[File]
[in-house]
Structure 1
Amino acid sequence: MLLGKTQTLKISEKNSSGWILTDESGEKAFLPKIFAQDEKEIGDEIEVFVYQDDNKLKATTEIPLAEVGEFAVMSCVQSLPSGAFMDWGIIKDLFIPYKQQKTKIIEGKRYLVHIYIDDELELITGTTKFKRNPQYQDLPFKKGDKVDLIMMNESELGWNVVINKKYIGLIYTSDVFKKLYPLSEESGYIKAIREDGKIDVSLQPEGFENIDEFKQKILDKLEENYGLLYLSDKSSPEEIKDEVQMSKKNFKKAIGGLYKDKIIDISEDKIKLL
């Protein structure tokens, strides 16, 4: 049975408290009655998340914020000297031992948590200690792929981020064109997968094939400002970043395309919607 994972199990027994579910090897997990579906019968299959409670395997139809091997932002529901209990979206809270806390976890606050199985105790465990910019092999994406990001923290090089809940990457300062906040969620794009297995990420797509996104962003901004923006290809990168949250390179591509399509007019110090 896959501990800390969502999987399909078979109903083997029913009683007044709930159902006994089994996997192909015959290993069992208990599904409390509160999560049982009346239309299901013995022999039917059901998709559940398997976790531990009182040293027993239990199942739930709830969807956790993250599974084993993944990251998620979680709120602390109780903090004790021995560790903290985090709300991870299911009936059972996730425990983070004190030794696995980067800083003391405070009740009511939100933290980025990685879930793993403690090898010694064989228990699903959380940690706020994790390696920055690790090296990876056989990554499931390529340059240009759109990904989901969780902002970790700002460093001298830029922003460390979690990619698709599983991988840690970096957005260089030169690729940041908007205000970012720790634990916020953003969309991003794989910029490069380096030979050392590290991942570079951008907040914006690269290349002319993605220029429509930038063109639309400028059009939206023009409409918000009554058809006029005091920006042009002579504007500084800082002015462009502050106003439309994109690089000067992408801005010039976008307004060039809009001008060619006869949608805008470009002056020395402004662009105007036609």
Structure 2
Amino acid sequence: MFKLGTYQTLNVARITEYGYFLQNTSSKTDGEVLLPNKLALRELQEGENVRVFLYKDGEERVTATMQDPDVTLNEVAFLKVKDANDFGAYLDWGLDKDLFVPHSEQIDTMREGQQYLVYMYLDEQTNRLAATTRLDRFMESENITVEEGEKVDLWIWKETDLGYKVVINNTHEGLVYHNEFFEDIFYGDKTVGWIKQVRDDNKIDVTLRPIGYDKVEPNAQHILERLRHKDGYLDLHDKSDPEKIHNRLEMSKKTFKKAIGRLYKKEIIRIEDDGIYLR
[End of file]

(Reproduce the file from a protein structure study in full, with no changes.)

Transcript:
[in-house]
Structure 1
Amino acid sequence: MLLGKTQTLKISEKNSSGWILTDESGEKAFLPKIFAQDEKEIGDEIEVFVYQDDNKLKATTEIPLAEVGEFAVMSCVQSLPSGAFMDWGIIKDLFIPYKQQKTKIIEGKRYLVHIYIDDELELITGTTKFKRNPQYQDLPFKKGDKVDLIMMNESELGWNVVINKKYIGLIYTSDVFKKLYPLSEESGYIKAIREDGKIDVSLQPEGFENIDEFKQKILDKLEENYGLLYLSDKSSPEEIKDEVQMSKKNFKKAIGGLYKDKIIDISEDKIKLL
């Protein structure tokens, strides 16, 4: 049975408290009655998340914020000297031992948590200690792929981020064109997968094939400002970043395309919607 994972199990027994579910090897997990579906019968299959409670395997139809091997932002529901209990979206809270806390976890606050199985105790465990910019092999994406990001923290090089809940990457300062906040969620794009297995990420797509996104962003901004923006290809990168949250390179591509399509007019110090 896959501990800390969502999987399909078979109903083997029913009683007044709930159902006994089994996997192909015959290993069992208990599904409390509160999560049982009346239309299901013995022999039917059901998709559940398997976790531990009182040293027993239990199942739930709830969807956790993250599974084993993944990251998620979680709120602390109780903090004790021995560790903290985090709300991870299911009936059972996730425990983070004190030794696995980067800083003391405070009740009511939100933290980025990685879930793993403690090898010694064989228990699903959380940690706020994790390696920055690790090296990876056989990554499931390529340059240009759109990904989901969780902002970790700002460093001298830029922003460390979690990619698709599983991988840690970096957005260089030169690729940041908007205000970012720790634990916020953003969309991003794989910029490069380096030979050392590290991942570079951008907040914006690269290349002319993605220029429509930038063109639309400028059009939206023009409409918000009554058809006029005091920006042009002579504007500084800082002015462009502050106003439309994109690089000067992408801005010039976008307004060039809009001008060619006869949608805008470009002056020395402004662009105007036609």
Structure 2
Amino acid sequence: MFKLGTYQTLNVARITEYGYFLQNTSSKTDGEVLLPNKLALRELQEGENVRVFLYKDGEERVTATMQDPDVTLNEVAFLKVKDANDFGAYLDWGLDKDLFVPHSEQIDTMREGQQYLVYMYLDEQTNRLAATTRLDRFMESENITVEEGEKVDLWIWKETDLGYKVVINNTHEGLVYHNEFFEDIFYGDKTVGWIKQVRDDNKIDVTLRPIGYDKVEPNAQHILERLRHKDGYLDLHDKSDPEKIHNRLEMSKKTFKKAIGRLYKKEIIRIEDDGIYLR